The email is titled “President’s Discretionary Funding: Donation to Mr. Jack Maluleke”.
Maluleke is an NEC member and Bafana Bafana’s technical committee chair.
Hluyo wrote: “Mr. Jack Maluleke and his family seemed to have contracted the Covid-19; so the President, in his wisdom, is donating R30 000 (net) to Mr. Maluleke. May you please process this payment to be included with this week’s payments.”
The above is also an example of allegations of Jordaan using Safa money to “buy” NEC members who, in turn, are supposed to protect and shield him from scrutiny. Loyal troops are also handy at the voting station.
The total paid from the unicorn fund due to Jordaan’s “discretion” is unsure and can only be calculated during a forensic audit.
The Safa financial statements additionally seem to support a number of complaints against Jordaan. In the “foreign exchange section” of Safa’s financials, Scorpio found at least R2.8-million paid to New York-based legal firm Arnold and Porter LLP between December 2016 and September 2018, often marked as “Dannyjordaan Leg”, “Dr Danny Jordaan Legal Service” and “ZAR”.
There are large amounts of additional legal fees in Safa’s financials that cannot be tied to Jordaan with certainty, which are therefore not included in this report. These are worth a mention, though, seeing that former CEO Mumble wrote in his confidential report that an estimated R10-million in legal fees were paid on behalf of Jordaan for matters which, according to Mumble, were for the private benefit of Jordaan and not for the benefit of Safa. These will include R1.76-million in legal fees to local firm of attorneys Nortons, paid from 12 December 2015 to April 2017. According to Mumble, Jordaan argued that Safa had to foot the bill. Mumble, however, is of the opinion that these fees were for Jordaan’s pocket as it had been on private matters and “came at a tremendous cost to the association, whose cashflow was already severely constrained”.
Eleven payments totalling just over R1-million, paid to Grit Communication between November 2017 and December 2012, to iron out the creases in Jordaan’s public persona during the height of former ANC MP Jennifer Ferguson’s rape allegations, are also confirmed in the financials. The last payment of R40,250 in October 2018 was to Badger Security Services for bodyguards for Jordaan during the earlier 2018 Safa elections.
The payments to Grit Communication and Badger Security Services were included in Mumble’s criminal complaint to the Hawks against Jordaan, because Grit Communications and Badger Security Services were “irregularly appointed by the President”.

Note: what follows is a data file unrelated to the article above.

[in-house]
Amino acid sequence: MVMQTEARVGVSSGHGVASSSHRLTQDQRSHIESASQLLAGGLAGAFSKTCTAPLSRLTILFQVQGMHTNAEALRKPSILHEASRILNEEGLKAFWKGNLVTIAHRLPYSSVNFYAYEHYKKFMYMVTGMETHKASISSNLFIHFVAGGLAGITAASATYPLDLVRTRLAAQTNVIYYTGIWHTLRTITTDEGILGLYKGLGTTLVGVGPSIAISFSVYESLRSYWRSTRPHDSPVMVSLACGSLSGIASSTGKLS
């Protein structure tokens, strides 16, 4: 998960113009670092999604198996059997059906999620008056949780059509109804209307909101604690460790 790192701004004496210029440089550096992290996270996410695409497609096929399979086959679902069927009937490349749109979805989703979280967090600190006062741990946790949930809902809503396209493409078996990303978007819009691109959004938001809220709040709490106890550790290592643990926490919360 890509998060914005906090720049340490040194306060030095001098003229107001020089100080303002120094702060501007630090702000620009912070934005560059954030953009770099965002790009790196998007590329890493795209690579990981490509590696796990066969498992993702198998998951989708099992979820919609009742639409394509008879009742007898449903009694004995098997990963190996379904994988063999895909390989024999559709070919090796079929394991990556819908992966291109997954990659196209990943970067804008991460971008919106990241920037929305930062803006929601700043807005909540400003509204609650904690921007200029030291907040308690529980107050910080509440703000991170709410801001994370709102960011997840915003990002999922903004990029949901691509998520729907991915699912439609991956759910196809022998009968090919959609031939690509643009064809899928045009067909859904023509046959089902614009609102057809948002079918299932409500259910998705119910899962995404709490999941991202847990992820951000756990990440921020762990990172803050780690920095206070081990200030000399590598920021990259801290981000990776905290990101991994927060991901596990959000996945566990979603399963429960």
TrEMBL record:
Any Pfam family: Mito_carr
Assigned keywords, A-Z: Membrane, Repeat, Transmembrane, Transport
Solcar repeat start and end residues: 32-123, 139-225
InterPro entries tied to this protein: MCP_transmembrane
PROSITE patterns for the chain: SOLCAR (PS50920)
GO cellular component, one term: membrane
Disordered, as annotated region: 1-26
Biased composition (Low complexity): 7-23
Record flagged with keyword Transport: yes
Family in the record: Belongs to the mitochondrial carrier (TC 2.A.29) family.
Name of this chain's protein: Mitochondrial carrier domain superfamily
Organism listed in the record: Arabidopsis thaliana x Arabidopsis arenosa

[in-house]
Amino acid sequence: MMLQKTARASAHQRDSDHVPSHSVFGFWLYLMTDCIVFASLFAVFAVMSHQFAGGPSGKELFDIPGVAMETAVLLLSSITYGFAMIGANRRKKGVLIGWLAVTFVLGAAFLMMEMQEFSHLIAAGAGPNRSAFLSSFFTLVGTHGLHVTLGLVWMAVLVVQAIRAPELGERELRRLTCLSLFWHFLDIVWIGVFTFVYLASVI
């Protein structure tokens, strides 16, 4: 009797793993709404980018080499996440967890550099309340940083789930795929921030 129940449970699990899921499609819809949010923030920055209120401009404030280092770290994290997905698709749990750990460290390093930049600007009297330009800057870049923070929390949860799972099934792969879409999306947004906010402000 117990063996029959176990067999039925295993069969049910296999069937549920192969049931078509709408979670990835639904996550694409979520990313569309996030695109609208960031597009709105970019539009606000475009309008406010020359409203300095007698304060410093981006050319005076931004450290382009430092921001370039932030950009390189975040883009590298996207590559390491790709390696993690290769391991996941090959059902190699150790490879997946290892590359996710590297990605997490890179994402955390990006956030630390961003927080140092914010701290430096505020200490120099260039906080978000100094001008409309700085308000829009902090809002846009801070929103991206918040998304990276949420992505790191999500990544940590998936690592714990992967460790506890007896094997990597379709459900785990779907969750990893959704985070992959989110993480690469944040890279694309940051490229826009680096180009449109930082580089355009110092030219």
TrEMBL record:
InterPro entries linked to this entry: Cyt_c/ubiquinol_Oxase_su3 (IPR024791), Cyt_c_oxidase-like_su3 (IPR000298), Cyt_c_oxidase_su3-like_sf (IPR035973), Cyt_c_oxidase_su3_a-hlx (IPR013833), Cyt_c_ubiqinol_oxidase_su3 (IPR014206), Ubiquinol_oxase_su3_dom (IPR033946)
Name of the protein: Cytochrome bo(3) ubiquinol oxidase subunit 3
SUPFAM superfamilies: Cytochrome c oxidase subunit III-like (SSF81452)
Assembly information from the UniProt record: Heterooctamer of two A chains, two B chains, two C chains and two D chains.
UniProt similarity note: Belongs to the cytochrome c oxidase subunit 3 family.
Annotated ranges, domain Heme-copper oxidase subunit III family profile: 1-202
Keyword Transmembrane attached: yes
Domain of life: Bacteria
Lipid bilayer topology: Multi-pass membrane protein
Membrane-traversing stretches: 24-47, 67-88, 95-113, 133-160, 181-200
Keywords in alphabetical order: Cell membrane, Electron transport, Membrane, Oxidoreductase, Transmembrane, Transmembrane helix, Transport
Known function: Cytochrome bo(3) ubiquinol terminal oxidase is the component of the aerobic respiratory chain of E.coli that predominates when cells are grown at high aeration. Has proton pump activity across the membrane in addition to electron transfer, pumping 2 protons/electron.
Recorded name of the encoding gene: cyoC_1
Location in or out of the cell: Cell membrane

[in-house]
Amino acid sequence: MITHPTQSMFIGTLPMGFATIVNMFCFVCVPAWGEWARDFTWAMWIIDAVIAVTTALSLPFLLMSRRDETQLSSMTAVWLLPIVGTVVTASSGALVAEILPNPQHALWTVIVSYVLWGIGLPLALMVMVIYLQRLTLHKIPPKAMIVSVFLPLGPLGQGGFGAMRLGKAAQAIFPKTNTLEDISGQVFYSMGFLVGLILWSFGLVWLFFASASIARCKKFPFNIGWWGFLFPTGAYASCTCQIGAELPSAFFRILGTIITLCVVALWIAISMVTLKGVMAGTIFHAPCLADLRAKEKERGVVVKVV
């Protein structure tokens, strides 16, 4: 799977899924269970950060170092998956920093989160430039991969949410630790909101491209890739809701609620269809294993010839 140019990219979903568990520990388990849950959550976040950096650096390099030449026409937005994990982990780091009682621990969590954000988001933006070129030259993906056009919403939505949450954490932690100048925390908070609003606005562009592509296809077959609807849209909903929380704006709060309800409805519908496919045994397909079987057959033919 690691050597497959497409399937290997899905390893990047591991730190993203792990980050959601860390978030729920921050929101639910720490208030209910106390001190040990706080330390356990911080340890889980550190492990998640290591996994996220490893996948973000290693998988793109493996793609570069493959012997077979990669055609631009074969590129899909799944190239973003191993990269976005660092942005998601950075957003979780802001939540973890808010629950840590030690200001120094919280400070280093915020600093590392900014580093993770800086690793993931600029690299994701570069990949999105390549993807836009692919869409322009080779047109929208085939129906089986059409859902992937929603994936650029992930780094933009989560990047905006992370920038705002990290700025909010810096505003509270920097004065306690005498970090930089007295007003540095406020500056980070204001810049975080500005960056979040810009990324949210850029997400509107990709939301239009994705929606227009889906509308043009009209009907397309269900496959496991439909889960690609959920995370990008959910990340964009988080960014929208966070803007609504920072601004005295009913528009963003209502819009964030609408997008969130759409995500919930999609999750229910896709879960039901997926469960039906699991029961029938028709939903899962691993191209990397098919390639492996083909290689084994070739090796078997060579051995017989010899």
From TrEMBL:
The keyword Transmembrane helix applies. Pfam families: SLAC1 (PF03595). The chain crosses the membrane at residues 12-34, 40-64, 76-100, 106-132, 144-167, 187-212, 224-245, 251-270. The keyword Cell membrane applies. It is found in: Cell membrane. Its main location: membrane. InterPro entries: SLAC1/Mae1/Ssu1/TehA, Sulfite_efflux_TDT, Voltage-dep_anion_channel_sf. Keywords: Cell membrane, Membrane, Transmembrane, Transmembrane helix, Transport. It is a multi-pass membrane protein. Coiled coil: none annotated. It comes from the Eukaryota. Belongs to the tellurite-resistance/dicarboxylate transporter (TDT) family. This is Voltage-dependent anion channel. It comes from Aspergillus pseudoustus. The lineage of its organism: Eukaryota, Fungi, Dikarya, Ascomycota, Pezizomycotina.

In May 2023, Jordaan submitted a warning statement to the Hawks about these charges.
Read more in Daily Maverick: Safa president Danny Jordaan submits warning statement to the Hawks after financial misdemeanour claims
Hluyo, too, as well as team doctor Thulani Ngwenya, seemed to have received funds that should at least be revisited and questioned.
Between 2011 and 2018, Scorpio traced at least R1,673,203.90 paid to or for the benefit of Hluyo.
Five payments of R800,000 were effected to Hluyo from August to September 2011. These payments were marked “Trsf to Hluyo CC” and “Trsf to Hluyo Card”.
Four payments marked “Trf to Hluyo Card” were effected between 2016 and 2018, of which the lion’s share was paid on 18 September 2018 (R500,000) and 28 September (R300,000).
Between 2013 and 2018, Scorpio traced R8.3-million marked as “Nngwenya”, “Ngwenya Hotel” and “Trf to Ngwenya”.
When questioned in March about these payments, Hluyo answered: “…let me haste to state that the payments which you referred to as having been made to me or my benefit were not paid to me or benefitted me. The card you refer to is a Safa Credit Card which is allocated to [me]. We have some Safa credit cards which are allocated to few employees, incuding (sic) Dr. Thulani Ngwenya, and these cards belong to Safa, are necessary for running the business of Safa and are used solely for Safa business transactions, like flight and accommodation bookings for our teams, medicines and medical equipment, etc. When funds are transferred into these cards, it is for the sole purpose of utilising the cards for Safa business transactions. So I have never received any payments from Safa into my personal credit card or bank account other than my salary.”
When Scorpio invited him to share his allocated credit card’s bank statements with Daily Maverick, Hluyo remained silent to this day.
The explanation sounds hollow and must be questioned. It is clear from the financials that there is no regularity to the money flows – neither in frequency nor in amount. Why would the CFO and the team doctor pay for flight and accommodation bookings for the soccer teams? Or for medicine and medical equipment? It also doesn’t explain why one payment is marked “Ngwenya Hotel”, which may suggest that this was rather a large payment for Dr Ngwenya’s personal stay at a hotel.
The yellow cards at Safa are numerous and have been stacked up for at least a decade. And they’re not about to go away. DM